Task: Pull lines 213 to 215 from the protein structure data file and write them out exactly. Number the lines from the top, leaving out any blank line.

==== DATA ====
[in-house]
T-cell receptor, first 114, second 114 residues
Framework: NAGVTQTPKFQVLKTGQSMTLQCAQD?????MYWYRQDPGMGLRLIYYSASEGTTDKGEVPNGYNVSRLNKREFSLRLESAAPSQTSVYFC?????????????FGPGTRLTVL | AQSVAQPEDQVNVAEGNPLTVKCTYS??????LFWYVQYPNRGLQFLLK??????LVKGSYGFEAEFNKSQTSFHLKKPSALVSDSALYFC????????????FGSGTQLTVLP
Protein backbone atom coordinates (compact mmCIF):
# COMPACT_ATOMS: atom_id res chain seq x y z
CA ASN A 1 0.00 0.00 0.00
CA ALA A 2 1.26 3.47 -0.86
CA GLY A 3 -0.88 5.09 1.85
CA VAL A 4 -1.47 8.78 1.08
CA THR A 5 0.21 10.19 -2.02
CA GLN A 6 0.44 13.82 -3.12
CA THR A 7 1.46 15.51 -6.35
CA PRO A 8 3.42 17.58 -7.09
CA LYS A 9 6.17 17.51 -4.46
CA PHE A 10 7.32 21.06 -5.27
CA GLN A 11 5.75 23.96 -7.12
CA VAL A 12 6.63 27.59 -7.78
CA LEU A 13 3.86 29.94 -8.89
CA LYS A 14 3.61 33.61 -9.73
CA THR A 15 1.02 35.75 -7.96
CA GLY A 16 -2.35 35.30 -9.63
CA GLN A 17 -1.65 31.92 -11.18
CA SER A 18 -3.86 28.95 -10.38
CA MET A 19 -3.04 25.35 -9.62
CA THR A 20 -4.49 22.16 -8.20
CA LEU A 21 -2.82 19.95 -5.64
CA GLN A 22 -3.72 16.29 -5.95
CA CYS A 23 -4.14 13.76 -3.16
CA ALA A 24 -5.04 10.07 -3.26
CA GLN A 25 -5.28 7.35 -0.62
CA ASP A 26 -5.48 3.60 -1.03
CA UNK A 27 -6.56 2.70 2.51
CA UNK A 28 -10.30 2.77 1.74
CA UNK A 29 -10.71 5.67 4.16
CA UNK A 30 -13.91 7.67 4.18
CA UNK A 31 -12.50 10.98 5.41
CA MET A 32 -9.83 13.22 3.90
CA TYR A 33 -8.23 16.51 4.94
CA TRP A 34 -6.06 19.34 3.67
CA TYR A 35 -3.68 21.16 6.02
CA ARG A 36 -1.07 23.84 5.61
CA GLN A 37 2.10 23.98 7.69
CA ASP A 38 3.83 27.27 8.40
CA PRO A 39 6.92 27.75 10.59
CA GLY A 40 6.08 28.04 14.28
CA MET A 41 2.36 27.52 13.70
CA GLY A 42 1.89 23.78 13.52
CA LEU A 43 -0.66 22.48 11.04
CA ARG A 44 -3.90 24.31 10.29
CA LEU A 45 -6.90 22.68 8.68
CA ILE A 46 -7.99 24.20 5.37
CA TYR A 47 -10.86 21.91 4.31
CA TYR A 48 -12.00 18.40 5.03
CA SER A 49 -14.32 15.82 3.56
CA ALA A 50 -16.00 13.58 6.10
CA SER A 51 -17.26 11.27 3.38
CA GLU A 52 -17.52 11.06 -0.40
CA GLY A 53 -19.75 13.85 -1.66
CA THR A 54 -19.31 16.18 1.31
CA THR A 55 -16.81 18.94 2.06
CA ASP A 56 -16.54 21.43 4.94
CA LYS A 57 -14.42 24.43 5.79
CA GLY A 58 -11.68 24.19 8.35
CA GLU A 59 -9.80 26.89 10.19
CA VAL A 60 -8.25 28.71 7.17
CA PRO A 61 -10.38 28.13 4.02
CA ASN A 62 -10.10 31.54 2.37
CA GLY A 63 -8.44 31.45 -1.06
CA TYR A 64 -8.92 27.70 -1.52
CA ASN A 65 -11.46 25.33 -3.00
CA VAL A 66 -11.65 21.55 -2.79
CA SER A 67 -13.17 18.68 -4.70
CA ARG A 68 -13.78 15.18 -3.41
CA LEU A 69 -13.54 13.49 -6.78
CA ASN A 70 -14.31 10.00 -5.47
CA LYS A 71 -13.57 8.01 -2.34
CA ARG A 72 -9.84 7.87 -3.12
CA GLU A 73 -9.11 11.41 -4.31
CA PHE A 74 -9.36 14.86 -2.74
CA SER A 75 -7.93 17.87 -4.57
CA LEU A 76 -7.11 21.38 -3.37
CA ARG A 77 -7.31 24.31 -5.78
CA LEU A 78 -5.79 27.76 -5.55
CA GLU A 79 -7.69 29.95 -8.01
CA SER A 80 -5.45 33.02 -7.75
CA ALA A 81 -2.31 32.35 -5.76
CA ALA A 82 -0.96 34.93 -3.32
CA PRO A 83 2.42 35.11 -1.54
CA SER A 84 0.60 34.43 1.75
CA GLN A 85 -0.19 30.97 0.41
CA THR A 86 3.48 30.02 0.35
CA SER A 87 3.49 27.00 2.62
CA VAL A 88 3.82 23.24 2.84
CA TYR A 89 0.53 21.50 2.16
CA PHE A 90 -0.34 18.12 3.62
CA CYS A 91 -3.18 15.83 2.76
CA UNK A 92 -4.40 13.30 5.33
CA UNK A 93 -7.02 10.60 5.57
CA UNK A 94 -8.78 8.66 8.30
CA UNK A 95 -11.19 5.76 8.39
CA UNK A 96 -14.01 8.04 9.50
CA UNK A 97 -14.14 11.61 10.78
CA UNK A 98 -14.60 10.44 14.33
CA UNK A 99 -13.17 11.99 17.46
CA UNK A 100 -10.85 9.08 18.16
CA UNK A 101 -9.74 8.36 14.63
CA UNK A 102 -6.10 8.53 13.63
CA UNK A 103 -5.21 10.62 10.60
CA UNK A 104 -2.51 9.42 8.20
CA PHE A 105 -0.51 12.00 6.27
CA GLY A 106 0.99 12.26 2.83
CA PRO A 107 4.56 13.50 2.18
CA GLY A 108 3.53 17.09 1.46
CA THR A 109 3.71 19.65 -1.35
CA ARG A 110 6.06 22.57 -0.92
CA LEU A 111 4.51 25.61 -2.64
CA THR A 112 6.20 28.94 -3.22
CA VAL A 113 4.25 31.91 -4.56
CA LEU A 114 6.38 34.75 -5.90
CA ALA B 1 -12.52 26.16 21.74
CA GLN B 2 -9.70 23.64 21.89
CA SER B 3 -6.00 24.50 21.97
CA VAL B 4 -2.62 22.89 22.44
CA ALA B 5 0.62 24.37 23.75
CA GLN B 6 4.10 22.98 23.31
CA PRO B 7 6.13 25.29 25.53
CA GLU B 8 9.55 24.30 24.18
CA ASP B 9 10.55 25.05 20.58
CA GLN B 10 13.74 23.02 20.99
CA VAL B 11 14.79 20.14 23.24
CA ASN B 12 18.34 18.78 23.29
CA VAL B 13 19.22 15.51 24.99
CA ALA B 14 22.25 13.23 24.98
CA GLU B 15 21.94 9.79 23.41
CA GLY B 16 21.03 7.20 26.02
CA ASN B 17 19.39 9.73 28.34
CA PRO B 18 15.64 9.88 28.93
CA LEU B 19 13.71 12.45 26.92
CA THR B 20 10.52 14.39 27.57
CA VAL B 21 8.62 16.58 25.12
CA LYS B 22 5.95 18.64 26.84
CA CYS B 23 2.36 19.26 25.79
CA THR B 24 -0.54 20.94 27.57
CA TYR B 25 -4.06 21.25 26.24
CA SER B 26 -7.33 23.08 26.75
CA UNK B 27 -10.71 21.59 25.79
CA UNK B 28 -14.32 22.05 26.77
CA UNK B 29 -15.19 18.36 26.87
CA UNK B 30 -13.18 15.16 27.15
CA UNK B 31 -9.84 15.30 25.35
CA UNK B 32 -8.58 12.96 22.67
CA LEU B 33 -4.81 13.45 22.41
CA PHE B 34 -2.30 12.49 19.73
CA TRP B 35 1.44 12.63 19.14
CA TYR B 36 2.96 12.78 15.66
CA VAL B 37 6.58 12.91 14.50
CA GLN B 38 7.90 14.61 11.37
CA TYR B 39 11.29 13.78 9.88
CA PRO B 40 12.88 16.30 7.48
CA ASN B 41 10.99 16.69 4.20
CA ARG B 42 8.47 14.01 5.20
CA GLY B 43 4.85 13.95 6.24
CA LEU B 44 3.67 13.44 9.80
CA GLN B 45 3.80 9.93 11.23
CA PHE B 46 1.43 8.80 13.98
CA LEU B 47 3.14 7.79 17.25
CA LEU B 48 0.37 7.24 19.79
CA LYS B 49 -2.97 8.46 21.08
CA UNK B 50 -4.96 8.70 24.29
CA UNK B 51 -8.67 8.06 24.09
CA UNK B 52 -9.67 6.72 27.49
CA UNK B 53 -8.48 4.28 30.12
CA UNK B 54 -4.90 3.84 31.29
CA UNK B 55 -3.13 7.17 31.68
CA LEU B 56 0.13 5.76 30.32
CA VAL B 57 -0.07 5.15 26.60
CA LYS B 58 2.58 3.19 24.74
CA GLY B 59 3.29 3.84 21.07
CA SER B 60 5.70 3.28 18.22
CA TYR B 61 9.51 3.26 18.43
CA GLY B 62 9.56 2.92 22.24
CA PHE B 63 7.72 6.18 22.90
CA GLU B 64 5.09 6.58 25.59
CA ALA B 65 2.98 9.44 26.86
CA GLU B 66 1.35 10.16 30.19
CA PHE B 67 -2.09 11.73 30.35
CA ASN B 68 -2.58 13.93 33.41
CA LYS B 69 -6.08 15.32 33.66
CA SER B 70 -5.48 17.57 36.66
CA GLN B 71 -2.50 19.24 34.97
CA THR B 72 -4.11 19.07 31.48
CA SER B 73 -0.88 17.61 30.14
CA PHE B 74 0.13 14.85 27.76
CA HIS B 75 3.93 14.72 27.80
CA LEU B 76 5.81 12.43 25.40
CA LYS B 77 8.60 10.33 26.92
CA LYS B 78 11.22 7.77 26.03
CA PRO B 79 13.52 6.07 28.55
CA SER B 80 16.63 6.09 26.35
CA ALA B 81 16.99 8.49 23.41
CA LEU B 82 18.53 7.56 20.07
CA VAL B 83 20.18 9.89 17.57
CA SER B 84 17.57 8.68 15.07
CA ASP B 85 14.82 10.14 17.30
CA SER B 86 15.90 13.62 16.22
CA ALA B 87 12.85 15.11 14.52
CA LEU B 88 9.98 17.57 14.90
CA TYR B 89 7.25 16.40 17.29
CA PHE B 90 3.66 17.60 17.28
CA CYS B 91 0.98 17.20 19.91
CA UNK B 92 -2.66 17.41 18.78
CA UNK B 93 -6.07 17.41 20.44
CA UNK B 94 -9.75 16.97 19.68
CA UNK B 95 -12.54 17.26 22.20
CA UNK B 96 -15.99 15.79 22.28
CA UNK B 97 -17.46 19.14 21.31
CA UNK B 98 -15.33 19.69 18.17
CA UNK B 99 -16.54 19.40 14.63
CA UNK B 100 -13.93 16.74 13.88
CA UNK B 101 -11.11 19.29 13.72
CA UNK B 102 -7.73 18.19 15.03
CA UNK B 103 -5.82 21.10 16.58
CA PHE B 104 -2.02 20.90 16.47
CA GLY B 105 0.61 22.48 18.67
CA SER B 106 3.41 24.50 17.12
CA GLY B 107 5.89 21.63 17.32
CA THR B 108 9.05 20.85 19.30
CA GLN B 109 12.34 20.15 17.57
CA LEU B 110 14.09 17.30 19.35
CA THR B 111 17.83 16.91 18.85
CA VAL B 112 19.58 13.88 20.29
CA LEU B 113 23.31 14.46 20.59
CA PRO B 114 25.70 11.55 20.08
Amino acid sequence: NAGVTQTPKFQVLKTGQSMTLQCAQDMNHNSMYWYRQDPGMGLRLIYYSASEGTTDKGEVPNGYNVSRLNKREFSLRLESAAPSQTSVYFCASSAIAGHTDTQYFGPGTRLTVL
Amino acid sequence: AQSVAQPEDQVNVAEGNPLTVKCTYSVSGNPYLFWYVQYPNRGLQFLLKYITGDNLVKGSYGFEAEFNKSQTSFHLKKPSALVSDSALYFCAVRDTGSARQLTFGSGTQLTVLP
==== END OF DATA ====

CA UNK B 94 -9.75 16.97 19.68
CA UNK B 95 -12.54 17.26 22.20
CA UNK B 96 -15.99 15.79 22.28